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Filmmaker discusses impact of corn on the American diet

A single acre of corn can have a far-reaching effect on people’s health.

Brooklyn-based filmmaker Ian Cheney’s 2007 documentary “King Corn” highlights the prevalence of corn in the American diet and the adverse consequences of consuming the product. “King Corn” was shown at a screening Monday in the Levine Science Research Center’s Love Auditorium as part of Duke University’s second annual Food Week. The event was sponsored by Farmhand—a Nicholas School of the Environment initiative that supports local farms in the Triangle area—to promote awareness about how a corn-based diet has contributed to the current obesity epidemic.

“A large part of our nation’s food system is fueled by corn products... consequently having many negative impacts on the health and welfare of many Americans,” Sarah Parsons, a second-year graduate student at the Nicholas School and co-president of Farmhand, wrote in an email Sunday.

The film, a 2008 Peabody Award winner—often called the most selective prize in electronic media—follows Cheney and his friend, Curt Ellis, as they grow an acre of corn in Greene, Iowa, to observe how the produce enters the food system. They question the industrialized farming process and its social ramifications.

The film focuses primarily on how corn agriculture has affected the way Americans eat and, consequently, the effect corn has on people’s health. “King Corn” claims that—for the first time in U.S. history—the life expectancy of the current generation may be less than that of the generation before it because of the primarily corn-based American diet.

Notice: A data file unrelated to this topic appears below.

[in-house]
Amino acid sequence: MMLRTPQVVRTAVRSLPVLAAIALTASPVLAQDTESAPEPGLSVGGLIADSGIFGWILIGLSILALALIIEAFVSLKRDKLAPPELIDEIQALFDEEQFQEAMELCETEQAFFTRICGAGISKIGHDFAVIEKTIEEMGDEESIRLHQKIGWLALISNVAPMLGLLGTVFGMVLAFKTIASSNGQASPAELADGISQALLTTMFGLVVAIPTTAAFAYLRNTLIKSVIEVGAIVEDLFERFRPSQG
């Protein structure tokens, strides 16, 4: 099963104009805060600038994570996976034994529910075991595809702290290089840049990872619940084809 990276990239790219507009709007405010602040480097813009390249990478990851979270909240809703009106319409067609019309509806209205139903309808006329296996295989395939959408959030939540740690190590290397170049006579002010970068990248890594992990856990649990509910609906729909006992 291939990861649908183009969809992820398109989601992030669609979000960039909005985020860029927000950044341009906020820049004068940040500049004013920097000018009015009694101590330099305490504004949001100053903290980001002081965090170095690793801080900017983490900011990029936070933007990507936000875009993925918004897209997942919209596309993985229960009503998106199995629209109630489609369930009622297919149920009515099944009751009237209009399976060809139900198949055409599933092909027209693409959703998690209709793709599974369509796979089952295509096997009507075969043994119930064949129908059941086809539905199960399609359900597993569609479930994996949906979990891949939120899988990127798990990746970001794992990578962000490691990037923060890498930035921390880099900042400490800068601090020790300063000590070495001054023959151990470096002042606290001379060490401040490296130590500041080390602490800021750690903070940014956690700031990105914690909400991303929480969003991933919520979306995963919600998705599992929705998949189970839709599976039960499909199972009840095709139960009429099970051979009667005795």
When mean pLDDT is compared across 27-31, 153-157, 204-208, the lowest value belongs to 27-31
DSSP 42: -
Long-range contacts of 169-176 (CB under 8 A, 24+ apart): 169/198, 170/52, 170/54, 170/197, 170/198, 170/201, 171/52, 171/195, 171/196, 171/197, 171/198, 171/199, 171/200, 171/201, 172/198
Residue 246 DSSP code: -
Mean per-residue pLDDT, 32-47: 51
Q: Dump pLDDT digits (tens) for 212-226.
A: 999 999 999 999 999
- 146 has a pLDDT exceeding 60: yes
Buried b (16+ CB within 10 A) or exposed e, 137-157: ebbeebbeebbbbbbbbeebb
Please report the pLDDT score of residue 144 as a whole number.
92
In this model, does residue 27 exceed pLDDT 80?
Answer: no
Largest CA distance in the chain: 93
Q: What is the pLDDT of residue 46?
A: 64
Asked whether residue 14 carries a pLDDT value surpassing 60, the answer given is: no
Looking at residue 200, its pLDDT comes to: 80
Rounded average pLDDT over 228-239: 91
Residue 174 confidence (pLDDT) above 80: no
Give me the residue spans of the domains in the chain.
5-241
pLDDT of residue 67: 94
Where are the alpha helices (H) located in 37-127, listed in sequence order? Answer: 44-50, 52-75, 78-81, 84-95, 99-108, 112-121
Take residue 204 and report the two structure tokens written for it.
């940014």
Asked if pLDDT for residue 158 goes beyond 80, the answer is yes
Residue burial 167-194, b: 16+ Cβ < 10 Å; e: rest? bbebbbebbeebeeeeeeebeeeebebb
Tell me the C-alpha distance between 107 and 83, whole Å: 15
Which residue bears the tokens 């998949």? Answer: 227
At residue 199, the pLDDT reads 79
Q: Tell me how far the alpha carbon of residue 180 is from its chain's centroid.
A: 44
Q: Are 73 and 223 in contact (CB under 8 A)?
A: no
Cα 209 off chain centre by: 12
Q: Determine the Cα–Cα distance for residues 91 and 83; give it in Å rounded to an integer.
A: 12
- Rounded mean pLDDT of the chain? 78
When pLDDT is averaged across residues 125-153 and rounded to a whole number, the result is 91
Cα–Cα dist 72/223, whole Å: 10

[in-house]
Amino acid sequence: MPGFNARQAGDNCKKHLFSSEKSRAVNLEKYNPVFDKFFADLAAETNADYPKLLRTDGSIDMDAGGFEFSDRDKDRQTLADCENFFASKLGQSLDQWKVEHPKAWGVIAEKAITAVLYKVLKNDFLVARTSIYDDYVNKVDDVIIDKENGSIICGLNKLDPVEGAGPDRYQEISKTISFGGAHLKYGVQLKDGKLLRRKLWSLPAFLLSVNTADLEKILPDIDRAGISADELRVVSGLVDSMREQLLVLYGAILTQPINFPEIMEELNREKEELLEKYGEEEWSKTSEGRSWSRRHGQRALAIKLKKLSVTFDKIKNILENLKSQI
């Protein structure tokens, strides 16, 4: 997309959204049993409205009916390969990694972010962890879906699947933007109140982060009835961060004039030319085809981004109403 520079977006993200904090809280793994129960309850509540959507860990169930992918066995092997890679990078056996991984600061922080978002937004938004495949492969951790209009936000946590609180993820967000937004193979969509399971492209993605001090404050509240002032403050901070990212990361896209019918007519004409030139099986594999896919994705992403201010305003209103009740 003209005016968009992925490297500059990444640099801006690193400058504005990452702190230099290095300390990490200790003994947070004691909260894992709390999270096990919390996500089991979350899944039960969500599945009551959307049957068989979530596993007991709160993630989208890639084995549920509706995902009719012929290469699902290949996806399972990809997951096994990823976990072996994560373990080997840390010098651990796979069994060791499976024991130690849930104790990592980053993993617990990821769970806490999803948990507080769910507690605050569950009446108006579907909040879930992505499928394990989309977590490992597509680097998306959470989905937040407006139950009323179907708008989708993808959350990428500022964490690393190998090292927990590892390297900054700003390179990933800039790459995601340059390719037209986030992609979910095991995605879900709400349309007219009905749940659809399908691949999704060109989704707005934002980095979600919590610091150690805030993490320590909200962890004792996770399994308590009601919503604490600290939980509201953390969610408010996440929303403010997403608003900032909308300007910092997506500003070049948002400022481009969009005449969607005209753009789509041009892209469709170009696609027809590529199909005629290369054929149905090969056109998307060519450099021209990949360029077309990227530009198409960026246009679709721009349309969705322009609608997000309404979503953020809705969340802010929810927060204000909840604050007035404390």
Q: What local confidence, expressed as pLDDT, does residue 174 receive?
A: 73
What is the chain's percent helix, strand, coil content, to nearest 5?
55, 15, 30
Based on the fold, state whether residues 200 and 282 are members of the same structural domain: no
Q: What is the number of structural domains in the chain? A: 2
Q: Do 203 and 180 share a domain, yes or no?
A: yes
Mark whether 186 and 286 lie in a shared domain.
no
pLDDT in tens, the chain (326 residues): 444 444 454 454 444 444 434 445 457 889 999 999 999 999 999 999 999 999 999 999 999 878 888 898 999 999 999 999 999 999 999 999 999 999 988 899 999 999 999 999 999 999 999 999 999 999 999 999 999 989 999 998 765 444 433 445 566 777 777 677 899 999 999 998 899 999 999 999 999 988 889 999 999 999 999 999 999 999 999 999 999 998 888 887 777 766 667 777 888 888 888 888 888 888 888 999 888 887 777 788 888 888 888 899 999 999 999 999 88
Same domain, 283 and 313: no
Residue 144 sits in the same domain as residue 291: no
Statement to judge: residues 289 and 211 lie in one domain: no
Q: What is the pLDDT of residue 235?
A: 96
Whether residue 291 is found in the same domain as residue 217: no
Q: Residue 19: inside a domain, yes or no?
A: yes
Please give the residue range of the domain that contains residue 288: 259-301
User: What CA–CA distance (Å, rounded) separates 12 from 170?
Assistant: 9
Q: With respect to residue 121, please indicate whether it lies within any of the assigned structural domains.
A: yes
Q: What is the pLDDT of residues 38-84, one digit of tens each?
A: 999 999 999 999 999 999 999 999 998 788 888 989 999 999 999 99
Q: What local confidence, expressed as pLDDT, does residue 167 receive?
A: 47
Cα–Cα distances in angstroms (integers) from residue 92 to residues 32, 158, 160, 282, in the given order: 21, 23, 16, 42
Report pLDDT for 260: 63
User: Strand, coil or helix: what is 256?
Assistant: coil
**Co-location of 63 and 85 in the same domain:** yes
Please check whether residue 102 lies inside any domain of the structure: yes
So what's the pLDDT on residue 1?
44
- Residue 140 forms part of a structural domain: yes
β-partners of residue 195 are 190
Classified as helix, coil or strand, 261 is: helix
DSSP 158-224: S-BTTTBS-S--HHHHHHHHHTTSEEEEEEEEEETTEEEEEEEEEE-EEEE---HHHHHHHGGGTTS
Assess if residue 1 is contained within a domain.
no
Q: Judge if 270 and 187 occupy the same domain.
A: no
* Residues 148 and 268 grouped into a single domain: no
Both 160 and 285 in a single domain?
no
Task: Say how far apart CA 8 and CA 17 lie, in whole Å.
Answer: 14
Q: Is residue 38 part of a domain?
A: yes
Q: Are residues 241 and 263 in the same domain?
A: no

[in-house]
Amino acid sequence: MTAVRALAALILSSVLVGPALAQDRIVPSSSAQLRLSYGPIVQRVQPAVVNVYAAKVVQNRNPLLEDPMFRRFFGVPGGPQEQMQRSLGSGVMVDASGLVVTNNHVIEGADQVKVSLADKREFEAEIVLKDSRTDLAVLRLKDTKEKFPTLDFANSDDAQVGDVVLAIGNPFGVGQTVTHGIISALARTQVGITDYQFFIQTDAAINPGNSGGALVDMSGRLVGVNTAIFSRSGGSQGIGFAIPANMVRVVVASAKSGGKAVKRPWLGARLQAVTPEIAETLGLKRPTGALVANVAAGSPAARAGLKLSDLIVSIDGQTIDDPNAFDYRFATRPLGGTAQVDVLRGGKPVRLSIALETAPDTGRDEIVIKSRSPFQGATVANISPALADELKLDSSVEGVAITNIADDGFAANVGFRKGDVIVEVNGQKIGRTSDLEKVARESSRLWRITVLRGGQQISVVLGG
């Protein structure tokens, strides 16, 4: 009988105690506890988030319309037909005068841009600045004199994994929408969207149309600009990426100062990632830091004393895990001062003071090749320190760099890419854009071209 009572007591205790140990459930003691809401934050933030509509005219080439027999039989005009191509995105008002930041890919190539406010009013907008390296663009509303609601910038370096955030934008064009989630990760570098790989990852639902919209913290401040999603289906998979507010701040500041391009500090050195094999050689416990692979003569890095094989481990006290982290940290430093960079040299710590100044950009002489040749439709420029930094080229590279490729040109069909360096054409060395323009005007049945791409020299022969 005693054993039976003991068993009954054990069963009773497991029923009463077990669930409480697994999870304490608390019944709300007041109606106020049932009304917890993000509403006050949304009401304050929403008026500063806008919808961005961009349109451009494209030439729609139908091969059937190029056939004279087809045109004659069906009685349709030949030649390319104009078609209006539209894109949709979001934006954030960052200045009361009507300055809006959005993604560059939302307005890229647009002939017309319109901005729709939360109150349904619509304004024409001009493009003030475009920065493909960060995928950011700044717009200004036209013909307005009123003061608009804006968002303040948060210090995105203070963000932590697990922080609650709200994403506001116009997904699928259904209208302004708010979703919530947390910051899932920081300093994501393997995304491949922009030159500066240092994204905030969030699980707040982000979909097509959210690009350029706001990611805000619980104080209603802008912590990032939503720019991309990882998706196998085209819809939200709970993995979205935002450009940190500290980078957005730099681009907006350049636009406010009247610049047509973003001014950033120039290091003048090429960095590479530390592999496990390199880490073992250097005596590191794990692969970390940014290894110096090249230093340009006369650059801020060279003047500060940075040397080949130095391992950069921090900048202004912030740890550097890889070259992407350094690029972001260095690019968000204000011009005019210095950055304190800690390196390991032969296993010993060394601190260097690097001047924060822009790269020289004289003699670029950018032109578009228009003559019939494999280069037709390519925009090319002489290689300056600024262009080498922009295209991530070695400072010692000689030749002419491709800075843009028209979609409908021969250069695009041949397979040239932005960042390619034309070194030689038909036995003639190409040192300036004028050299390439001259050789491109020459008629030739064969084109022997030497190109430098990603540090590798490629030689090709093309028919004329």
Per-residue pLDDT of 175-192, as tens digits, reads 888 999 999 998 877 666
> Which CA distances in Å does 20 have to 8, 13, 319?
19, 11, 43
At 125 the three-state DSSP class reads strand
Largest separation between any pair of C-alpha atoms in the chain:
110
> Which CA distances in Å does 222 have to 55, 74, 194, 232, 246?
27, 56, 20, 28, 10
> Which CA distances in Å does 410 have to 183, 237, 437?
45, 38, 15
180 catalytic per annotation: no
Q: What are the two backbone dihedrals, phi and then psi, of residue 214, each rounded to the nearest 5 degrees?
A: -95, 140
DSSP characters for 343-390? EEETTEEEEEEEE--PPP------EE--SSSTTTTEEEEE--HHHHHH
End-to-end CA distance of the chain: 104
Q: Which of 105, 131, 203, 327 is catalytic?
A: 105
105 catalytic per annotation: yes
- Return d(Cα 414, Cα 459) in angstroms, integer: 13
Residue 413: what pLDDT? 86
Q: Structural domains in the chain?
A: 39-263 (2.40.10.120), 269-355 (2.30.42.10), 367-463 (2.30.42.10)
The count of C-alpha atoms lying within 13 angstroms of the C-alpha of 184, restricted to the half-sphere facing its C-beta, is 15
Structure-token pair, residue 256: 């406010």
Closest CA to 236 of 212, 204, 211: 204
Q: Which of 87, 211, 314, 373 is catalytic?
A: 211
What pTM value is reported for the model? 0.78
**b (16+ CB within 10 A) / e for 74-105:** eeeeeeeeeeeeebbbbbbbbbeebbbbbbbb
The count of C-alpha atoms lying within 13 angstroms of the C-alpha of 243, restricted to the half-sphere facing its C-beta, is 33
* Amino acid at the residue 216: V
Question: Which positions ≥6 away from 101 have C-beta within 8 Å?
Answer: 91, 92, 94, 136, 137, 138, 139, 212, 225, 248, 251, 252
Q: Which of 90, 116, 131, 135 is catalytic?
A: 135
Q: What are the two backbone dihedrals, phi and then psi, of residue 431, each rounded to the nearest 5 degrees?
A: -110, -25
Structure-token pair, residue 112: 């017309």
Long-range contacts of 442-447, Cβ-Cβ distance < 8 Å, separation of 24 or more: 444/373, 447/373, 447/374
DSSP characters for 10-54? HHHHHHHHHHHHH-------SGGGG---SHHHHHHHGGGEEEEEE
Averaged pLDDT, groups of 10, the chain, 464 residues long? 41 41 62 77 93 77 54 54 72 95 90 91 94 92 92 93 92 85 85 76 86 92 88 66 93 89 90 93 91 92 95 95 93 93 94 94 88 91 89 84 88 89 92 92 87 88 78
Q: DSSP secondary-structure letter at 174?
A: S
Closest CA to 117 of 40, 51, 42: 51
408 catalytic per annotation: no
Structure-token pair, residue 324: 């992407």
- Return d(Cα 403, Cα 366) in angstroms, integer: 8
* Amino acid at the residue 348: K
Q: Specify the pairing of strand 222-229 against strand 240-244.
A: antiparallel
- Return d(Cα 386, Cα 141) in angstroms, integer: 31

Farmhand selected the movie because it deals with important health issues, Parsons said.

“People who grew up the way we did are basically made of corn,” Cheney says in the film.

After the screening, Cheney answered questions from the audience about his work—from the filming and editing process to the genesis of the idea for the project. Cheney said he had always been curious about the origins of food but was unable to learn much about the subject in his university studies.

“I started out being disturbed about what we were eating but knowing nothing about it,” he said. “Food is the tip of the iceberg of what we don’t know about what we consume.”

Senior Lauren Bledsoe, who saw the film as part of a biology class, said she enjoyed the movie and the ideas it presented about corn’s role in the American food system.

“High-fructose corn syrup, I’m sure, was in everything I ate today and everything I buy at the grocery store,” she said. “[The movie] definitely makes you think about the way you eat.”

Abigail Furnish, a first-year student at the Nicholas School and a member of Farmhand, said she appreciated the way the film presented the information.

“Sometimes [movies] go in all different directions—compared to some other movies I’ve seen about food, it was very well-organized and specific to the topic,” Furnish said.

After the question-and-answer session, Parsons said she believed the event successfully informed students and faculty about this issue.

“It went really well,” she said. “I think [“King Corn”] helped spread the message, which is what we always want to do.”


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